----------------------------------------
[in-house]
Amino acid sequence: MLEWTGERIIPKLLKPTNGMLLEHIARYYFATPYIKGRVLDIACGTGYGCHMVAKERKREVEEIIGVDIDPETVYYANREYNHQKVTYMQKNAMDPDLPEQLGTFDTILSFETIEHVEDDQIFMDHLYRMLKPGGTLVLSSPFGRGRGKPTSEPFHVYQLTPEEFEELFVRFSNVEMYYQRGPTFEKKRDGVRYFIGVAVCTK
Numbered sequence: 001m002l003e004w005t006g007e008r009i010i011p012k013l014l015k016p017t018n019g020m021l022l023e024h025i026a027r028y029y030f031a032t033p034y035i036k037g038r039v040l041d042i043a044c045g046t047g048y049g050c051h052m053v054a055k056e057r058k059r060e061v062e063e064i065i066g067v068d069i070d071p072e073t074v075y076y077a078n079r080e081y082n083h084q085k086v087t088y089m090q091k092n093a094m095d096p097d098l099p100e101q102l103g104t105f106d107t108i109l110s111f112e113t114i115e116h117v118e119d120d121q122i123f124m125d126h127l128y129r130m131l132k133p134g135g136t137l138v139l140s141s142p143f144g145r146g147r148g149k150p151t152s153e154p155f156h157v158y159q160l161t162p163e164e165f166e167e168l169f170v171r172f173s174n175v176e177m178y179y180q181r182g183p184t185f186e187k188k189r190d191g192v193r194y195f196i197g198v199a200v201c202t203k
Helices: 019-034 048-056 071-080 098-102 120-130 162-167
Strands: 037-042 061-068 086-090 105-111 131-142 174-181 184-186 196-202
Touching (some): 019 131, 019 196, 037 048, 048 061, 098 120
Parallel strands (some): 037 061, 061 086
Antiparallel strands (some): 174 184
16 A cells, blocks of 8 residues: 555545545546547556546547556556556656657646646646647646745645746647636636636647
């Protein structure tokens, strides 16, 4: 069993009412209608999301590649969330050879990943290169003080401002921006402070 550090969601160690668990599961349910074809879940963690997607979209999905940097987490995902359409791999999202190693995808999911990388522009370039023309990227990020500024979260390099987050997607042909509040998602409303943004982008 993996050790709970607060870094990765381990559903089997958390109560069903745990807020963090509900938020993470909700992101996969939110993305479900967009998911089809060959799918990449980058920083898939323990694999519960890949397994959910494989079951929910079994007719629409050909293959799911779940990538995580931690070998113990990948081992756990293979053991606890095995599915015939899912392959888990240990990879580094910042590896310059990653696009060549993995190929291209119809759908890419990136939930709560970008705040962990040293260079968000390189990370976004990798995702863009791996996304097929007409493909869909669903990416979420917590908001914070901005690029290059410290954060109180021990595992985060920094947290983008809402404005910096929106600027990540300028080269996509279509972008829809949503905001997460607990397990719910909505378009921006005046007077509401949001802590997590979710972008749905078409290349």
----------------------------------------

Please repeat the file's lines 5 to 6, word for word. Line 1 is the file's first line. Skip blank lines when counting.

Strands: 037-042 061-068 086-090 105-111 131-142 174-181 184-186 196-202
Touching (some): 019 131, 019 196, 037 048, 048 061, 098 120